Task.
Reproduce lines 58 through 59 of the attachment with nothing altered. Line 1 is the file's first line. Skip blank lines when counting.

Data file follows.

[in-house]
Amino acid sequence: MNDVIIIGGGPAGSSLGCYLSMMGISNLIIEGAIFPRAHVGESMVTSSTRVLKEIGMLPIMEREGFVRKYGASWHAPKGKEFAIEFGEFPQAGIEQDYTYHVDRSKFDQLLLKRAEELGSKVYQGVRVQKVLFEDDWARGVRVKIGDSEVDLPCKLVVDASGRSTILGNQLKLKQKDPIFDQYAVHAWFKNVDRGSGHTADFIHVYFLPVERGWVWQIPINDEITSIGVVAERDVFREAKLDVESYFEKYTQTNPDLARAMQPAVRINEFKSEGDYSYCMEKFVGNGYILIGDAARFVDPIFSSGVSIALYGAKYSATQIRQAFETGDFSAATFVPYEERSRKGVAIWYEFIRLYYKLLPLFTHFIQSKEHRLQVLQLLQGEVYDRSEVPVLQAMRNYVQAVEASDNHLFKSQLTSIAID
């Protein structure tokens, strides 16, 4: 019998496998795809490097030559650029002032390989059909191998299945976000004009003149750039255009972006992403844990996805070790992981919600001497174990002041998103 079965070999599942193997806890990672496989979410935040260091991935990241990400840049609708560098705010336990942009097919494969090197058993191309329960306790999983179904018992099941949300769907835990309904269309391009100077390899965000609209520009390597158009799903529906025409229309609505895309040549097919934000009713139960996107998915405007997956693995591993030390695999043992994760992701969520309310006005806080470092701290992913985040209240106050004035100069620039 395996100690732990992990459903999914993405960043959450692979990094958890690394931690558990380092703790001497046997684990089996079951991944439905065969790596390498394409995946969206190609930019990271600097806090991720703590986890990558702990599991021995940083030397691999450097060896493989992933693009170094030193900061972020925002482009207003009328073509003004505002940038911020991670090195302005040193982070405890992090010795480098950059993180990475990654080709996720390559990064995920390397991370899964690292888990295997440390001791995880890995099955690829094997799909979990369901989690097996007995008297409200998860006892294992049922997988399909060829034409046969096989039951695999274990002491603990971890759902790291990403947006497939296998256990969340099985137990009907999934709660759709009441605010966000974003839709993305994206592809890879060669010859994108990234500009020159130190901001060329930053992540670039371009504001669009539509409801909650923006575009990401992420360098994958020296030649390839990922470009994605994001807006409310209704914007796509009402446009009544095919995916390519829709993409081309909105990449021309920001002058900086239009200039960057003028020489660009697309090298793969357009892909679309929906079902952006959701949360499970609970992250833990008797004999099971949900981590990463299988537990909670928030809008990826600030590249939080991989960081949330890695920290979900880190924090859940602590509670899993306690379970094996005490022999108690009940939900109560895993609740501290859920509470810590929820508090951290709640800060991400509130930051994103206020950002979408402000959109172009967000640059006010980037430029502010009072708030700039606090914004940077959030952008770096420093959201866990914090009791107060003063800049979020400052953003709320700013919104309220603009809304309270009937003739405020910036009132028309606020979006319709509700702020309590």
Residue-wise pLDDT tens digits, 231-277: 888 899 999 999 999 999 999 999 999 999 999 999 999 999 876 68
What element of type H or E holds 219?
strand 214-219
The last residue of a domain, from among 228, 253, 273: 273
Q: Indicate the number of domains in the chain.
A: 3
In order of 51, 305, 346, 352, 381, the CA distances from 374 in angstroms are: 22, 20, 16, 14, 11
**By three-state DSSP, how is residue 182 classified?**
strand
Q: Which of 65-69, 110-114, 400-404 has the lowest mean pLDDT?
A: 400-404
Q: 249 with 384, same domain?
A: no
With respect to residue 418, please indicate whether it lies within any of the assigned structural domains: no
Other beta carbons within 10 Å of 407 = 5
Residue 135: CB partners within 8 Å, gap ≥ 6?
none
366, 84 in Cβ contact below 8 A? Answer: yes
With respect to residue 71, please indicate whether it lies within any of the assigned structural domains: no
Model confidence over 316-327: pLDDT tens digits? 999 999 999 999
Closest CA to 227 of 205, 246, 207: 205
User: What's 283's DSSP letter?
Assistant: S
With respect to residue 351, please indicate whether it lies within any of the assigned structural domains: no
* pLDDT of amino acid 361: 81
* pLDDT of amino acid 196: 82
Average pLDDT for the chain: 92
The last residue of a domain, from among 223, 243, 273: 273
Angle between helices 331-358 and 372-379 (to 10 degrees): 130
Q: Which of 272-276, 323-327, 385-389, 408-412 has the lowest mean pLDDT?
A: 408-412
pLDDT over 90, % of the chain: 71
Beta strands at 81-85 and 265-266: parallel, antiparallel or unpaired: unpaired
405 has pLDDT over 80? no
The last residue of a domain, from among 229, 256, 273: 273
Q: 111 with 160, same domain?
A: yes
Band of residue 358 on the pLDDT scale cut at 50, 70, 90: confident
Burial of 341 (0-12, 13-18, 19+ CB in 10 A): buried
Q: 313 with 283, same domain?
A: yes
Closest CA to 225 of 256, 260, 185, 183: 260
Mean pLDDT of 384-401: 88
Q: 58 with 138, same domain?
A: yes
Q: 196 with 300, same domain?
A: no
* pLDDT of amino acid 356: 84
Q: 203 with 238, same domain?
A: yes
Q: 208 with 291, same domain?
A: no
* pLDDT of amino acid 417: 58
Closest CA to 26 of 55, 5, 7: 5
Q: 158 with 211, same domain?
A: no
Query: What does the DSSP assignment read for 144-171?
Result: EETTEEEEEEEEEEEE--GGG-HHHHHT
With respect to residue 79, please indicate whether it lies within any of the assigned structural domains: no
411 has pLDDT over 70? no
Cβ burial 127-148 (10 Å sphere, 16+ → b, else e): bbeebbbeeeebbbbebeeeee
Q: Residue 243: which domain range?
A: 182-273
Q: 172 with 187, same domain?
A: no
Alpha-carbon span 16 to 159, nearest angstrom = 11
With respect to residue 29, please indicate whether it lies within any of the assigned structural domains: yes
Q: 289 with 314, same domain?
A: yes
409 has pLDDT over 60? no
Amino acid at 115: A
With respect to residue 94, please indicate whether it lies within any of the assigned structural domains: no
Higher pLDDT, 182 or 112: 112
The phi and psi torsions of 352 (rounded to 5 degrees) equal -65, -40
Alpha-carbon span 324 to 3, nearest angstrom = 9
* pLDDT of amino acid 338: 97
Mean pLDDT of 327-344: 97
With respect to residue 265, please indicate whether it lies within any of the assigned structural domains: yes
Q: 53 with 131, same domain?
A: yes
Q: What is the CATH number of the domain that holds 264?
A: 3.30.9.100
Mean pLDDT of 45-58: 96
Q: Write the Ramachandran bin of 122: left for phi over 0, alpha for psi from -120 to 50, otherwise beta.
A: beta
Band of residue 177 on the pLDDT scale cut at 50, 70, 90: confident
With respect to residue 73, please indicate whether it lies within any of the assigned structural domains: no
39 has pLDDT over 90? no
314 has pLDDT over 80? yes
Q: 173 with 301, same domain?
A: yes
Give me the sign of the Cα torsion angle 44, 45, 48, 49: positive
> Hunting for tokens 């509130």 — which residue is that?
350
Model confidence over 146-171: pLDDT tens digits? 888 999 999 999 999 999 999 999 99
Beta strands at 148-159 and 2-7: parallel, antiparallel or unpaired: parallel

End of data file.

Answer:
Q: 158 with 211, same domain?
A: no